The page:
Out-Law News | 16 Jan 2014 | 2:06 pm | 2 min. read
Akshai Fofaria of Pinsent Masons, the law firm behind Out-Law.com, said that professional services firm Deloitte was quite right to highlight investment prospects in its recently-published African Construction Trends report (28-page / 2.3MB PDF). However, he said that prevailing national procurement practices and development capacity of some governments and the need for an adequate 'pipeline' of projects, presented challenges to investment in the region for both governments and developers.
"Africa is at a critical point in its infrastructure development," he said. "Whilst vast pools of capital are ready and waiting to develop it, the full benefits will be felt by the local populations when bidders are comfortable that projects are properly and fairly procured."
"Sustainable projects, capitalising on growth, can be achieved if the bidding process is transparent and attracts and encourages international and local competition and excludes under-qualified bidders" he said.
He said that the "heterogeneity" of national legal and tax systems, regional community laws, industry norms, emerging local content requirements and rules governing the way in which international development funding should be advanced meant that prospective developers had to know how to "navigate the minefield" in order to take advantage of the "enormous" opportunities that the continent, seen as the "next big thing" by many in the infrastructure sector, had to offer.
According to Deloitte, 322 large infrastructure projects are currently underway across Africa, with a combined value of $222.7 billion. Of these, 38% of the projects are in southern Africa, which includes South Africa, the continent's biggest economy by GDP; while 29% are in East Africa, which contains many of the continent's developing economies; and 21% in West Africa, which includes second biggest economy Nigeria, which has traditionally been a major producer of oil.
The report noted forecasts by Standard Chartered Bank that African economies would grow by 7% a year over the next 20 years – slightly faster than China. The continent's growing middle class, with its increased consumer spending power and demand for rapid urbanisation, has resulted in the creation of entire new cities such as Tatu City and Konza City, Kenya, the City of Light, Accra and King City, Takoradi, and is one of the fastest drivers of economic growth. In addition, the continent's growing financial sector and attraction of its unexploited mineral and commodity reserves are providing significant attractions to investors.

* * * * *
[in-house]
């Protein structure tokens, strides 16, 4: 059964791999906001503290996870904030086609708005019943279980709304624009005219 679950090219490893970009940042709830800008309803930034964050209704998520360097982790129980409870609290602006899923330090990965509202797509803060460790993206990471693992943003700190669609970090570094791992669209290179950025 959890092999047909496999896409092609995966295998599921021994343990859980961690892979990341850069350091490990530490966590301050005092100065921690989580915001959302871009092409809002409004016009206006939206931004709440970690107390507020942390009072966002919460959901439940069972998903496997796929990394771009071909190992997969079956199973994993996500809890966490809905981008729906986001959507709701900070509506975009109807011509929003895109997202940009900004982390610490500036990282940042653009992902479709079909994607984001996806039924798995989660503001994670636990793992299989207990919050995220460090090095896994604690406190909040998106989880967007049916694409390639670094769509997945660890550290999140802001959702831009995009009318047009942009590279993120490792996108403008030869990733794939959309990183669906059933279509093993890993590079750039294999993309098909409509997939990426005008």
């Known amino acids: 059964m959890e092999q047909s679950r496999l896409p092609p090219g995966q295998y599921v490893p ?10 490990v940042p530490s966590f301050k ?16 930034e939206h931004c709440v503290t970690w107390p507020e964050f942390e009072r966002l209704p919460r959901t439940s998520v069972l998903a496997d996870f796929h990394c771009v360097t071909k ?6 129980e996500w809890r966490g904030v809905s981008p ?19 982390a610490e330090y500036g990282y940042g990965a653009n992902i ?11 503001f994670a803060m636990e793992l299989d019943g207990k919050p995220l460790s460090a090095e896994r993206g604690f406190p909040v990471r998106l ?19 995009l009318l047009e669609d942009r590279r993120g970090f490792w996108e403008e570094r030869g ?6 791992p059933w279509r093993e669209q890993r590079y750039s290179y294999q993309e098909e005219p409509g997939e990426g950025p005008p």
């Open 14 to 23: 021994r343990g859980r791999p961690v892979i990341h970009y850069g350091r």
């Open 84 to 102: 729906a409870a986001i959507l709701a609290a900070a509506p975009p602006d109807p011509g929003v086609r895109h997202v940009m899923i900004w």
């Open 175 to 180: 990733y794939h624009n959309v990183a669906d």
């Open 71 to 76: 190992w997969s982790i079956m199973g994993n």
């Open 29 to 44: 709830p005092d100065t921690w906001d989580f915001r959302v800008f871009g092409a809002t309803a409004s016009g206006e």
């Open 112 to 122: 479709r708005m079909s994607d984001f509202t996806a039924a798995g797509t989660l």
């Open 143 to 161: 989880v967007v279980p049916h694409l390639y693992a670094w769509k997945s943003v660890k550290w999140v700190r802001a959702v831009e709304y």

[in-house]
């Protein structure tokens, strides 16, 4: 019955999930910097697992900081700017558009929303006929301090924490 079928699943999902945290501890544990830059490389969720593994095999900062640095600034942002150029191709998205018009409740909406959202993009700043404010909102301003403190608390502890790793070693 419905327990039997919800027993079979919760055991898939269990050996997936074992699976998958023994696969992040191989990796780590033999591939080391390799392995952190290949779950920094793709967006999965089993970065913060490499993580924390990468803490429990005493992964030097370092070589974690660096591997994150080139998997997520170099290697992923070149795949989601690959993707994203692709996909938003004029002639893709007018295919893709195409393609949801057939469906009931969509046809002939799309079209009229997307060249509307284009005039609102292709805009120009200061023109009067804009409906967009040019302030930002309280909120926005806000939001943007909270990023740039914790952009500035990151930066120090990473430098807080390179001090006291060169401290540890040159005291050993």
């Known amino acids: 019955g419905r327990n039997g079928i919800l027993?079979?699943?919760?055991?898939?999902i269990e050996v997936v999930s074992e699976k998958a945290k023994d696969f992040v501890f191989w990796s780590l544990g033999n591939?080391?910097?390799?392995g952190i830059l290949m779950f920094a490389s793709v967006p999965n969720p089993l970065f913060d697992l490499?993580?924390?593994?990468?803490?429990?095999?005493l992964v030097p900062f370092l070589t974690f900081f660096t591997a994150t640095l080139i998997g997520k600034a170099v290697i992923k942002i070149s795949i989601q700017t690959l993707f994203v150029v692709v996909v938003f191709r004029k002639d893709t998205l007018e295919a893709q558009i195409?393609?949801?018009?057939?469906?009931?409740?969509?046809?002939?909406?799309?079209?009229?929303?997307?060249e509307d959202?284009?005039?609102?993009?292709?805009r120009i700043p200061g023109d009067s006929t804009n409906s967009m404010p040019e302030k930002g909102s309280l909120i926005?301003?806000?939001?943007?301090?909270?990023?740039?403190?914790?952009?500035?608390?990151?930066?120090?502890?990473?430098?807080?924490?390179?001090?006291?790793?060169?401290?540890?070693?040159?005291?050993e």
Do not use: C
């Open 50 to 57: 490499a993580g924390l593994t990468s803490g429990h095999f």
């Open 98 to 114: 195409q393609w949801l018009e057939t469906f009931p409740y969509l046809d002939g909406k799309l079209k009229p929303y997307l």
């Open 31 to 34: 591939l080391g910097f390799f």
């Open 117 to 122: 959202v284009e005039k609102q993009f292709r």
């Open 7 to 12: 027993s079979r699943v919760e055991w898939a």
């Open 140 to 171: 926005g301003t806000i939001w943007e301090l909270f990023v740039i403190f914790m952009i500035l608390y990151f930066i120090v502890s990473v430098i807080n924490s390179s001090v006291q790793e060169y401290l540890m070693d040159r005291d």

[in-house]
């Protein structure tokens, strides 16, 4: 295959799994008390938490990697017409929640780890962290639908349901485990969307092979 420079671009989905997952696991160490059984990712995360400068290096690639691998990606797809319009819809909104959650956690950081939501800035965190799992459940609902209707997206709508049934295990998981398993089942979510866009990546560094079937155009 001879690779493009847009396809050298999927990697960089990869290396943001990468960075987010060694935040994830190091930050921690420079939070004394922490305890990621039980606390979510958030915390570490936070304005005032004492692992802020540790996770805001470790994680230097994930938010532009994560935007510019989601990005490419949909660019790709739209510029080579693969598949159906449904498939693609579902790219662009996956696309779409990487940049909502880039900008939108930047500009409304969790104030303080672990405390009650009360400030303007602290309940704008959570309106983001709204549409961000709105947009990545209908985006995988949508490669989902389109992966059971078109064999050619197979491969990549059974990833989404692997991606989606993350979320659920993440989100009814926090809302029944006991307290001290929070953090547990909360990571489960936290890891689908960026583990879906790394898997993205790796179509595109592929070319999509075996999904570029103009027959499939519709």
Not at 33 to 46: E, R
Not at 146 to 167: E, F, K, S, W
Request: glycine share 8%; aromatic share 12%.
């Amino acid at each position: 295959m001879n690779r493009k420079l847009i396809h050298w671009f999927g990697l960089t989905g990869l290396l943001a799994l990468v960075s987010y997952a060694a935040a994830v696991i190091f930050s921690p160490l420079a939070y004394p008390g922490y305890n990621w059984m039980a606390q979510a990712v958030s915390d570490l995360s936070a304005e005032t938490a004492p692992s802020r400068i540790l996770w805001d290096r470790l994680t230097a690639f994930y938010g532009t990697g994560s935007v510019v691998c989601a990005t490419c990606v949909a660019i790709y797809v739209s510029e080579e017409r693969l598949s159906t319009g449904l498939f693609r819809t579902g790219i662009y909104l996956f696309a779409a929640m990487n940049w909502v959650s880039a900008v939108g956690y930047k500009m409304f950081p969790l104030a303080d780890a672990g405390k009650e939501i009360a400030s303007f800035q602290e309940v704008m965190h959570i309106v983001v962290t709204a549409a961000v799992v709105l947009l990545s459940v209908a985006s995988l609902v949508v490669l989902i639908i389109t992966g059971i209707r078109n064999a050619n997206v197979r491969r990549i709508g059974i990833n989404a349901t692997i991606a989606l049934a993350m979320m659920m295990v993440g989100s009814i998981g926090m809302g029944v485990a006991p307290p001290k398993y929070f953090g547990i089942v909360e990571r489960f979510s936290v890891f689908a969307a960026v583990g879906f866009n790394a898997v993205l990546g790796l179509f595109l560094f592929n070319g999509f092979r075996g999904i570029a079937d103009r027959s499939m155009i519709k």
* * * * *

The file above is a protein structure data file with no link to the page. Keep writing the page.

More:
Recent finds of natural oil and gas in East Africa, as well as existing reserves in southern Africa and along the West African coastline, are also acting as significant drivers of growth given the reduction of the levels of these finite resources elsewhere, according to Deloitte. In order to exploit many of these resources, as well as the continent's considerable reserves of unexploited arable land, better infrastructure such as dams and irrigation schemes and integrated transport corridors would be needed, it said. There would also be development opportunities for regional transport and port links in order to boost Africa's role as an international trading partner, it said.
European and US investors are funding 15% of the projects tracked by Deloitte, and Chinese investors are funding a further 10%. Private domestic investors, national governments and foreign institutional investors currently account for 7-8% of funding each, while development finance institutions currently account for the largest proportion of funding across the continent.
Some of the biggest opportunities on the continent are available to contractors. The figures show that European and US contractors are currently building 37% of these projects, the majority of which are in the energy, transport and mining subsectors. Chinese contractors are building 12% of the projects; and contractors from Japan, South Korea, Brazil and Australia are also active in Africa.